Washington Evening Journal

Fairfield Ledger   Mt. Pleasant News
Neighbors Growing Together | Aug 21, 2018

A Memorial Day tribute to Lt. Olinger of Ainsworth, the first from his community to fall

May 14, 2018

By John Butters, The JOURNAL


While in high school, Lt. Olinger was a star basketball player and a member of the team that won the county championship in 1937. He was class president, a member of the Boys Glee Club and played in the school orchestra. He was a standout player on the baseball team.

So said an article in “Newslites,” a fragile, one-page newsletter published on Sept. 15, 1944, by the Ainsworth School, revealing a few details of James T. Olinger’s service and final place of rest.

When “Taps” sounds on a Memorial Day in our nation, heads bow and members of the armed forces salute those who did not return from America’s wars.

Among those whose bodies were left in war-torn France, count Lt. James T. Olinger of Ainsworth, the first of his community to lose a life in World War II.

His nephew, Jim Wilson of Washington, rediscovered details of his uncle’s service and untimely death as he prepared for a move into the United Presbyterian Home this spring. Olinger was the brother of Jim’s mother, Frances.

Wilson was born in 1946, so he has no recollection of his uncle. All that remains of his memory are government-issued documents of a life lived, and then surrendered, on a foreign battlefield. That and one small photograph of a white cross, emblazoned with a name and serial number.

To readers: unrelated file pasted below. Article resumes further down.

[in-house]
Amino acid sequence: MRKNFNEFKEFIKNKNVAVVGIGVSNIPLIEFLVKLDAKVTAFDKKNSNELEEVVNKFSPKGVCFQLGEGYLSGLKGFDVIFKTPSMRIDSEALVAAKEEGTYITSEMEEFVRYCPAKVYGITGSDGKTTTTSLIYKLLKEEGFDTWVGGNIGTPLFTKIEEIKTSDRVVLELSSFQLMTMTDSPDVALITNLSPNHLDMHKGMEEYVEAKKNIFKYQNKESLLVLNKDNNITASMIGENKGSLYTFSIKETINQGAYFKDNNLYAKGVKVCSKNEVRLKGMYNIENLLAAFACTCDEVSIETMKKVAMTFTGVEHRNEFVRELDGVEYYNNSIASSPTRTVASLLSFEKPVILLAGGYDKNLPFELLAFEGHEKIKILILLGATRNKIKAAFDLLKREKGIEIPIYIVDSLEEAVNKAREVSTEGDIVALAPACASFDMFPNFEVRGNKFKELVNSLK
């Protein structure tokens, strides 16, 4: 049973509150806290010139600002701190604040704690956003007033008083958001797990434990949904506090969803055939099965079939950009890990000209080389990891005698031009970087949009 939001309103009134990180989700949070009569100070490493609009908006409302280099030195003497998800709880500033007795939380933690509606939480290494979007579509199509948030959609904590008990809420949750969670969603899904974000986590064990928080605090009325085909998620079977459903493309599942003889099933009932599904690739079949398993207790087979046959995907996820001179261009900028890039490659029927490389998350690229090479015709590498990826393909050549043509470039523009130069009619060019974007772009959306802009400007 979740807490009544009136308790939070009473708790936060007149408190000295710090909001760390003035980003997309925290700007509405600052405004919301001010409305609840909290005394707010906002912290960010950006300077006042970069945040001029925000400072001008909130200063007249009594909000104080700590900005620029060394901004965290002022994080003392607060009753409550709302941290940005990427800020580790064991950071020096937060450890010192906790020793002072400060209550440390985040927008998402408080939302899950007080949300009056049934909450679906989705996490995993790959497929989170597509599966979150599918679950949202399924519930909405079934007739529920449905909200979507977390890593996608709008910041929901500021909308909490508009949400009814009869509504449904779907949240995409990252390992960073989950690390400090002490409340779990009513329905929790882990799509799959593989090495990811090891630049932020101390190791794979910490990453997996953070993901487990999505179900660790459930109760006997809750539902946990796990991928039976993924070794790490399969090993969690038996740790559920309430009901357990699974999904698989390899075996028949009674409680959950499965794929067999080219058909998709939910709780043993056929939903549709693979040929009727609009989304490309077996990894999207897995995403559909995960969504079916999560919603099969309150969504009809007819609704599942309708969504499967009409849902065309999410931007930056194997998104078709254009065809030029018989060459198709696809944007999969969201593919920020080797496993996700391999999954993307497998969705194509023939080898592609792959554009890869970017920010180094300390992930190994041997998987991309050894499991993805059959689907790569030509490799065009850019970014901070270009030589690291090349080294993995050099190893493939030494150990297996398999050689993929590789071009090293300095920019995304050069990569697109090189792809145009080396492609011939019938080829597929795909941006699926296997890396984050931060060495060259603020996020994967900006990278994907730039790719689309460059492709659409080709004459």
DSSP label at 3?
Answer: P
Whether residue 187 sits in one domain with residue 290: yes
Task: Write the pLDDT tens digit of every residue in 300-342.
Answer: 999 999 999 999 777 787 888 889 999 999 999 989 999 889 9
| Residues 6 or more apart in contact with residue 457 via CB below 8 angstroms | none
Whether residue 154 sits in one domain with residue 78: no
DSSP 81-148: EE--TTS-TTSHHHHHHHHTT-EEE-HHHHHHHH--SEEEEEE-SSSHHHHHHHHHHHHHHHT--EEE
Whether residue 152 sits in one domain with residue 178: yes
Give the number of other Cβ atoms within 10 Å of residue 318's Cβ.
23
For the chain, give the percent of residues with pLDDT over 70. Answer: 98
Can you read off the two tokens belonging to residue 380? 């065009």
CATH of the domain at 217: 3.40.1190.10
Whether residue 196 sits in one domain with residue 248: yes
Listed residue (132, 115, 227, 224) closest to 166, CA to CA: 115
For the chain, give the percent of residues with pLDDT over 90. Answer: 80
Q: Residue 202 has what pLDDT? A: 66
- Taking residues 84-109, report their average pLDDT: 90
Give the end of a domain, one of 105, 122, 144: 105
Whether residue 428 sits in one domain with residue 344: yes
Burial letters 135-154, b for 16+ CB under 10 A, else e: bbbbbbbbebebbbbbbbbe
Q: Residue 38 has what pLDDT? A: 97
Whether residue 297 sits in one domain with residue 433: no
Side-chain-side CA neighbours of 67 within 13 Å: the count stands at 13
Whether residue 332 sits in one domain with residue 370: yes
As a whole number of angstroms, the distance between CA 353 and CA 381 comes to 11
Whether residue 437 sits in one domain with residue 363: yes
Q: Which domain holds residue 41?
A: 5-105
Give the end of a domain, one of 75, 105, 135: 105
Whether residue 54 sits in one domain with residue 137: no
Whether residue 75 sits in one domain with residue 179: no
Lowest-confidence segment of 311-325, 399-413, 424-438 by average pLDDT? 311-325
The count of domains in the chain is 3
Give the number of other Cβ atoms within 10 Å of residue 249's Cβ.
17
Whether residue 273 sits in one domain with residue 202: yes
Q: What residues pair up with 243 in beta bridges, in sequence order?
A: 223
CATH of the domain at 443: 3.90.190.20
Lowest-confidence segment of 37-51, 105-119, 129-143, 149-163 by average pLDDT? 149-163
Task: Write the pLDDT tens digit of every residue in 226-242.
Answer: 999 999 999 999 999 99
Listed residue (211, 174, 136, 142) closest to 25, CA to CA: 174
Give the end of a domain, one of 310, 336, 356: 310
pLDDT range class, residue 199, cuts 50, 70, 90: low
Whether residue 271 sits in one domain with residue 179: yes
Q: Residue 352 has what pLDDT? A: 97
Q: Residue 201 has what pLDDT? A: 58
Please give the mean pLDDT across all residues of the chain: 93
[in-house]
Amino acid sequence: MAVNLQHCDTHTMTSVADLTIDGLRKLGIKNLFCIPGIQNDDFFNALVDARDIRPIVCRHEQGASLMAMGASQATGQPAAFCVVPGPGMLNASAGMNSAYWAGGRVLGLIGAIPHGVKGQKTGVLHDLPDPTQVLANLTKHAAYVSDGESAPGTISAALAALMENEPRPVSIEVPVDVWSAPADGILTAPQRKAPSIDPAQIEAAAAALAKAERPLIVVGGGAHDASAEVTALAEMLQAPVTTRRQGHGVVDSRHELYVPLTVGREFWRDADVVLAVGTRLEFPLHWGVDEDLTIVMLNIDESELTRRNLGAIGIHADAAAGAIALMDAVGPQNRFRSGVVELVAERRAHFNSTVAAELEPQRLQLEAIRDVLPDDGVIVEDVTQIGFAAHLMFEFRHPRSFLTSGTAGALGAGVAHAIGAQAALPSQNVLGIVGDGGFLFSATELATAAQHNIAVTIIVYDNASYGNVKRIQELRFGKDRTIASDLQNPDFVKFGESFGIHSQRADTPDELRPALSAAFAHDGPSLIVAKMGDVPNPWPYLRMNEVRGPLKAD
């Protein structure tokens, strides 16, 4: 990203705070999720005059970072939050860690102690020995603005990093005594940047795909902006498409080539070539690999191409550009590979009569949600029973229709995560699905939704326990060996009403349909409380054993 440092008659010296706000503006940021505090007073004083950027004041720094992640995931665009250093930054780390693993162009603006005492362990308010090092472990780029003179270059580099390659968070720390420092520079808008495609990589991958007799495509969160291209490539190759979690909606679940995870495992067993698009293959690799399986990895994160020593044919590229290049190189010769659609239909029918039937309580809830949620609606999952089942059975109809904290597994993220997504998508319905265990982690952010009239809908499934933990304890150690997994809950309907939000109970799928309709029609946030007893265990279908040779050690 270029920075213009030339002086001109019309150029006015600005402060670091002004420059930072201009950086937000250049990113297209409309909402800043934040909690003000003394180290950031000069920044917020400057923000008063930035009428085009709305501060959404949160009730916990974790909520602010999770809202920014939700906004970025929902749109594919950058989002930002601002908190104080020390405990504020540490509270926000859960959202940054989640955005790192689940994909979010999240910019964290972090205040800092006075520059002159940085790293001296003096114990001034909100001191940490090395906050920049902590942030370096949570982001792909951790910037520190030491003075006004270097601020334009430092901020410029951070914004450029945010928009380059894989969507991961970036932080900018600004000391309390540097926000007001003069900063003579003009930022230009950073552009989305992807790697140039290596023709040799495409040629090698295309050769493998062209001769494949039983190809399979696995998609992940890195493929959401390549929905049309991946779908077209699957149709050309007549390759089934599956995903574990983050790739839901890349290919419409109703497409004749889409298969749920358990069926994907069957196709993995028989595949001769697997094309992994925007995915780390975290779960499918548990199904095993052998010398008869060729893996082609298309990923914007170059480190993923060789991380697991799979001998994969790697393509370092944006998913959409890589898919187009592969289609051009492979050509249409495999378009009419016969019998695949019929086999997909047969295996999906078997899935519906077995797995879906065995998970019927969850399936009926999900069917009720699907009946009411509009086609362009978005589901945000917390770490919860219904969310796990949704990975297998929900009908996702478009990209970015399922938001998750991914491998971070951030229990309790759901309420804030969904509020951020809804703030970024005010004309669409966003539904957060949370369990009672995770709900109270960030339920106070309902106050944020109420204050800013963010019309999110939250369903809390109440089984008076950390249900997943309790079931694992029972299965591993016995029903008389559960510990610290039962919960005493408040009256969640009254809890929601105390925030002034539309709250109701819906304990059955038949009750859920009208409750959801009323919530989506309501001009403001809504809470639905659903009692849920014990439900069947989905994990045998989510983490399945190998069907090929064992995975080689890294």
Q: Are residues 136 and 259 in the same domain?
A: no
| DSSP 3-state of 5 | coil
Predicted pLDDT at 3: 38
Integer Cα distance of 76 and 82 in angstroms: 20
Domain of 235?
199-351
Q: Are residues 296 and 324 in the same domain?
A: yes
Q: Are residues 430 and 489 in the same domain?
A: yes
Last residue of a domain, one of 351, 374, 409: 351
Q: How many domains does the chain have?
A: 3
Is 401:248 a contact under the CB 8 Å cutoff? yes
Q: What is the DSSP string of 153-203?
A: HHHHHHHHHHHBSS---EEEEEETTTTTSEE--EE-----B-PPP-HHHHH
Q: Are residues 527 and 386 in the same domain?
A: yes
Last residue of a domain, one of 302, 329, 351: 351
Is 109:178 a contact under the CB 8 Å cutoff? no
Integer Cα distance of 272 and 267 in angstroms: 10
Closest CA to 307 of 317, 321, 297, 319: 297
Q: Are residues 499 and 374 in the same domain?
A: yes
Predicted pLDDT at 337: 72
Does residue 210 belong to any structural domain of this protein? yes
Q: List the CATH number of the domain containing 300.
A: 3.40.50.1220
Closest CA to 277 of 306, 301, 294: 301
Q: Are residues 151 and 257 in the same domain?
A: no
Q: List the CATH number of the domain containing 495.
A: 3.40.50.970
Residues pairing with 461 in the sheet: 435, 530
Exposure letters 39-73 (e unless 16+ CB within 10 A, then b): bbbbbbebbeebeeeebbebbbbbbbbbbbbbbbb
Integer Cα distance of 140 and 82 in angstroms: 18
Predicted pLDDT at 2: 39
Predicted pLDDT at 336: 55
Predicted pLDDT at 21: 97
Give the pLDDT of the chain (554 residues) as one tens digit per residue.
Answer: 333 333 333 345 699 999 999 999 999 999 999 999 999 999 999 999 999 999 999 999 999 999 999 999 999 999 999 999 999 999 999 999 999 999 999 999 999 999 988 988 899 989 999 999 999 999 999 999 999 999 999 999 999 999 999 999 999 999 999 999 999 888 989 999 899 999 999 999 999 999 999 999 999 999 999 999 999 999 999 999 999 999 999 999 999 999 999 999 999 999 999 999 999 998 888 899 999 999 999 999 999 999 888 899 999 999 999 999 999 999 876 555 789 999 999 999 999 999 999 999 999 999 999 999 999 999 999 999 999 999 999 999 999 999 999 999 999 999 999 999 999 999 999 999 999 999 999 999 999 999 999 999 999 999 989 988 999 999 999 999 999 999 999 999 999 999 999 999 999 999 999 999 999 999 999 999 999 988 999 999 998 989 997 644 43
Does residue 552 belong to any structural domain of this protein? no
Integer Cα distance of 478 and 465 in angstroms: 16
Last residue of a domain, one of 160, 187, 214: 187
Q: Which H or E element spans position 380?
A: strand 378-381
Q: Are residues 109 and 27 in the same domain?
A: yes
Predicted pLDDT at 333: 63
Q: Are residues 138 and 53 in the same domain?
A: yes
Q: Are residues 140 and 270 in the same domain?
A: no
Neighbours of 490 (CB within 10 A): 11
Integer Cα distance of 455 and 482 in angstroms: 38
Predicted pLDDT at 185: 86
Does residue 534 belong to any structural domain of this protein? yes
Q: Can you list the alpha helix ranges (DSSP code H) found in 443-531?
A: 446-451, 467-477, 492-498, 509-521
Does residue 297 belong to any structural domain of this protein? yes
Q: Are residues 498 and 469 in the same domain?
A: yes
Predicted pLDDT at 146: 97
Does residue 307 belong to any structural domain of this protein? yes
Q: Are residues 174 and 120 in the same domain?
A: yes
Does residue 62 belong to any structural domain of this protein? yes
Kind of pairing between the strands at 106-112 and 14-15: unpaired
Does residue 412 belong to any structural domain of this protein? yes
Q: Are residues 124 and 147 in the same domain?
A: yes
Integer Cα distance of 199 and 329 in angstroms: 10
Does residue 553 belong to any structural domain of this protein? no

Jim’s most treasured sources for information about his uncle are the entries in old editions of “Newslites.”

A terse entry in the same Sept. 16, 1944 edition of the school paper, relates the sad news of Olinger’s death.

“Mr. and Mrs. William Olinger have received word from the War Department that their son, Second Lieutenant James T. Olinger had died in France August 16 as a result of wounds suffered on August 13,” the lead paragraph reads.

While packing and sorting for his move, Wilson found the official documents that trace his uncle’s journey from civilian to corporal to commissioned officer in the U.S. Army.

Olinger graduated from Ainsworth in 1939. Before graduating, he joined Troop “F” of the Iowa National guard. His first assignment was keeping the peace at a labor strike in Newton.

On January 12, 1941, he was inducted into the regular army and Camp Bowie, Texas, for training with the 113th Cavalry, a mechanized unit. He was appointed Sergeant of Troop D on Oct. 7 of the same year.

Following that, he spent time training in Louisiana and was stationed on the Mexican border for guard duty.

Sgt. Olinger was then selected for the Officers Candidate School at The Cavalry School at Fort Riley, Kansas, in 1942, where he was awarded the rank of Second Lieutenant.

Following his commission, he completed the Officers Motor Course at the Cavalry School at Fort Riley in June of 1943.

In 1944, Olinger was sent to the War Department’s Commando Combat School in California.

He received 213 hours of training in the subjects of Judo, weapons, aquatics, demolition, tactics, map reading, scouting, basic medical practices and solving field problems.

At that point, the official records in Wilson’s possession end, but a 1945 edition of “Newslites” Senior and Alumni edition fills in some of the gaps between Olinger’s deployment and his death.

“He spent several days at home at least once a year, but his last furlough at home ended on May 23, 1944, at which time he left for Camp Meade, Maryland,” the school paper reads.